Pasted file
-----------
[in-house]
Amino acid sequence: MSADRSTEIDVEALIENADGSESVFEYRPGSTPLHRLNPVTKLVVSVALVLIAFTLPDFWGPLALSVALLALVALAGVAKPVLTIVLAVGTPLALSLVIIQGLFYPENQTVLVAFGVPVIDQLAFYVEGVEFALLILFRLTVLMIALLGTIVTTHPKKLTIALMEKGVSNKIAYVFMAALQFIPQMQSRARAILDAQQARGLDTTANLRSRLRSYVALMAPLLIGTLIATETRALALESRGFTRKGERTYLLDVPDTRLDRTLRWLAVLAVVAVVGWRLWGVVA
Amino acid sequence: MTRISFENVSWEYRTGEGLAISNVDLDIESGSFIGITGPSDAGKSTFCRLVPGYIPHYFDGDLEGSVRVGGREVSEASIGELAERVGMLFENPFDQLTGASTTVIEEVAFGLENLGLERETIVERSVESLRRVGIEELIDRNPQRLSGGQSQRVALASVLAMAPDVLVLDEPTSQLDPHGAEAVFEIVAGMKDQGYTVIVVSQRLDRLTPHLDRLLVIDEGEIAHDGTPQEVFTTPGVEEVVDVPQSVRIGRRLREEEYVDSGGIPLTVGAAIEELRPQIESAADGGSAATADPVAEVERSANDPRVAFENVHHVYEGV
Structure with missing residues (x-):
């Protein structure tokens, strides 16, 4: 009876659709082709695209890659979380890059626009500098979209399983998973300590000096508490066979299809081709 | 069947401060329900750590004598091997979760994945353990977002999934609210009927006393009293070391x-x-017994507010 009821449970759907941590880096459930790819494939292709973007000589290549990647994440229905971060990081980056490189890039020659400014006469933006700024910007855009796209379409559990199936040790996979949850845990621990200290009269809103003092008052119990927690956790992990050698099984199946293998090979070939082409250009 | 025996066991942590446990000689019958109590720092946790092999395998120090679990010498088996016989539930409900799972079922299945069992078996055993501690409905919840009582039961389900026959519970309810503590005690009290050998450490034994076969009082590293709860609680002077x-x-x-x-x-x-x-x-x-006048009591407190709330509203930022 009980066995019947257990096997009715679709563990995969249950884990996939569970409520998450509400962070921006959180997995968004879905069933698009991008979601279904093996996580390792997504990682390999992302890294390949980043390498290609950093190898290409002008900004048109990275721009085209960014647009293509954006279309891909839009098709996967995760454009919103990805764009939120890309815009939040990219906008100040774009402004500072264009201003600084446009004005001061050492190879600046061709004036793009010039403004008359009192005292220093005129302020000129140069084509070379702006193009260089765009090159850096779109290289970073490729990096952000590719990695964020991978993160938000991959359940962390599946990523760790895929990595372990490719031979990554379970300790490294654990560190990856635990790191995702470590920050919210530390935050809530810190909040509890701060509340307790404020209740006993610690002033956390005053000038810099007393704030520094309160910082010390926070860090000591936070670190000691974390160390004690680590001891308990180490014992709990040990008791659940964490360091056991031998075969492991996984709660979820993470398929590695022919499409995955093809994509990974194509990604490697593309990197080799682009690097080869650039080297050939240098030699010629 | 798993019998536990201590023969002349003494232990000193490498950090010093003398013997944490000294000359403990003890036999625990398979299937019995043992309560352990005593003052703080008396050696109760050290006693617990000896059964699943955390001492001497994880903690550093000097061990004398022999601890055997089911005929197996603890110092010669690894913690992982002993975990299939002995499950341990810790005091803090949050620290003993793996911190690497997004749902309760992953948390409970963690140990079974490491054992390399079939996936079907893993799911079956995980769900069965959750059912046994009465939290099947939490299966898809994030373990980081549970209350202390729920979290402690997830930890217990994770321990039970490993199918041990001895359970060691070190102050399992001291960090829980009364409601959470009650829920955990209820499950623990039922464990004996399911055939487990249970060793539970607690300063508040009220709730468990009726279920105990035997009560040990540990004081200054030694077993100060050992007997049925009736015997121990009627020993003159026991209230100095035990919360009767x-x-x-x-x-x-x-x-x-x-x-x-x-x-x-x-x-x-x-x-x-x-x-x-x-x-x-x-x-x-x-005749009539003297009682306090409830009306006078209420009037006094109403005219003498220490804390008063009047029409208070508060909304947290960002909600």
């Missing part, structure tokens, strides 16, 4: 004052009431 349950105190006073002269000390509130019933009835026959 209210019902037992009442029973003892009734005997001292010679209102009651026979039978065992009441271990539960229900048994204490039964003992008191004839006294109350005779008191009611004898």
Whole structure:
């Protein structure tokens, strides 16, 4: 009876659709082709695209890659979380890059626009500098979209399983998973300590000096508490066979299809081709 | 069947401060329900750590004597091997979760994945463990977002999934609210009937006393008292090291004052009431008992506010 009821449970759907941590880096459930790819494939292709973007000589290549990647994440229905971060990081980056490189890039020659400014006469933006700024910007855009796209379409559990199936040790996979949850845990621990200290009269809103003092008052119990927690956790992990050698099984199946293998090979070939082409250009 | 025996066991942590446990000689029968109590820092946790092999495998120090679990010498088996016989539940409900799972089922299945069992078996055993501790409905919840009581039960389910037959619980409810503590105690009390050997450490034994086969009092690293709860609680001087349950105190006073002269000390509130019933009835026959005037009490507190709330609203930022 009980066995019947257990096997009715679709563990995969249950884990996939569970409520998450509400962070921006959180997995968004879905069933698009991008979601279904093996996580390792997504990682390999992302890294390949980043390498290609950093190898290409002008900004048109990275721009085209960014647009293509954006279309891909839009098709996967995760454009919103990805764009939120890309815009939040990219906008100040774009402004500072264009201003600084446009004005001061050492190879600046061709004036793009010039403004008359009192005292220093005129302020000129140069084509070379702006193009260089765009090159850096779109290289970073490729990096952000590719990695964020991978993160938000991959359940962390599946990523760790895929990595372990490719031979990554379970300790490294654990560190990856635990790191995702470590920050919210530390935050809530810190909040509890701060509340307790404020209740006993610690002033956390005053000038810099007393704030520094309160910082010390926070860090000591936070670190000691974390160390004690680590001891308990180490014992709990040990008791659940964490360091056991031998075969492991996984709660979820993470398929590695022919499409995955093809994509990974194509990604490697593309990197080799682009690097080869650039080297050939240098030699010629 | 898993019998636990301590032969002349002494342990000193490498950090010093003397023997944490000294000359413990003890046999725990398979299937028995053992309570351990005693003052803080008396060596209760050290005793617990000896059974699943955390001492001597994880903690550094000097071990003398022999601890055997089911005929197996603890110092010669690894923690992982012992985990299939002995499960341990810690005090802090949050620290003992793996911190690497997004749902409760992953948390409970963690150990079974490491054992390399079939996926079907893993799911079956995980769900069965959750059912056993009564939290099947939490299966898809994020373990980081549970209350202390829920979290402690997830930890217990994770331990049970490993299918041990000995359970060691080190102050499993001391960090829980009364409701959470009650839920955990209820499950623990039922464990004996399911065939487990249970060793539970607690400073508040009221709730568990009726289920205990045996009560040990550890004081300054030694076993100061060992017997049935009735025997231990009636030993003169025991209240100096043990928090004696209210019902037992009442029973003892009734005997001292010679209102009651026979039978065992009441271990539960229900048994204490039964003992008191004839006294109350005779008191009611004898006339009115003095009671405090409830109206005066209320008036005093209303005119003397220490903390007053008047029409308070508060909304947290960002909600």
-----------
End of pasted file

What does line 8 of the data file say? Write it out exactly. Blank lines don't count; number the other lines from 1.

């Protein structure tokens, strides 16, 4: 009876659709082709695209890659979380890059626009500098979209399983998973300590000096508490066979299809081709 | 069947401060329900750590004597091997979760994945463990977002999934609210009937006393008292090291004052009431008992506010 009821449970759907941590880096459930790819494939292709973007000589290549990647994440229905971060990081980056490189890039020659400014006469933006700024910007855009796209379409559990199936040790996979949850845990621990200290009269809103003092008052119990927690956790992990050698099984199946293998090979070939082409250009 | 025996066991942590446990000689029968109590820092946790092999495998120090679990010498088996016989539940409900799972089922299945069992078996055993501790409905919840009581039960389910037959619980409810503590105690009390050997450490034994086969009092690293709860609680001087349950105190006073002269000390509130019933009835026959005037009490507190709330609203930022 009980066995019947257990096997009715679709563990995969249950884990996939569970409520998450509400962070921006959180997995968004879905069933698009991008979601279904093996996580390792997504990682390999992302890294390949980043390498290609950093190898290409002008900004048109990275721009085209960014647009293509954006279309891909839009098709996967995760454009919103990805764009939120890309815009939040990219906008100040774009402004500072264009201003600084446009004005001061050492190879600046061709004036793009010039403004008359009192005292220093005129302020000129140069084509070379702006193009260089765009090159850096779109290289970073490729990096952000590719990695964020991978993160938000991959359940962390599946990523760790895929990595372990490719031979990554379970300790490294654990560190990856635990790191995702470590920050919210530390935050809530810190909040509890701060509340307790404020209740006993610690002033956390005053000038810099007393704030520094309160910082010390926070860090000591936070670190000691974390160390004690680590001891308990180490014992709990040990008791659940964490360091056991031998075969492991996984709660979820993470398929590695022919499409995955093809994509990974194509990604490697593309990197080799682009690097080869650039080297050939240098030699010629 | 898993019998636990301590032969002349002494342990000193490498950090010093003397023997944490000294000359413990003890046999725990398979299937028995053992309570351990005693003052803080008396060596209760050290005793617990000896059974699943955390001492001597994880903690550094000097071990003398022999601890055997089911005929197996603890110092010669690894923690992982012992985990299939002995499960341990810690005090802090949050620290003992793996911190690497997004749902409760992953948390409970963690150990079974490491054992390399079939996926079907893993799911079956995980769900069965959750059912056993009564939290099947939490299966898809994020373990980081549970209350202390829920979290402690997830930890217990994770331990049970490993299918041990000995359970060691080190102050499993001391960090829980009364409701959470009650839920955990209820499950623990039922464990004996399911065939487990249970060793539970607690400073508040009221709730568990009726289920205990045996009560040990550890004081300054030694076993100061060992017997049935009735025997231990009636030993003169025991209240100096043990928090004696209210019902037992009442029973003892009734005997001292010679209102009651026979039978065992009441271990539960229900048994204490039964003992008191004839006294109350005779008191009611004898006339009115003095009671405090409830109206005066209320008036005093209303005119003397220490903390007053008047029409308070508060909304947290960002909600």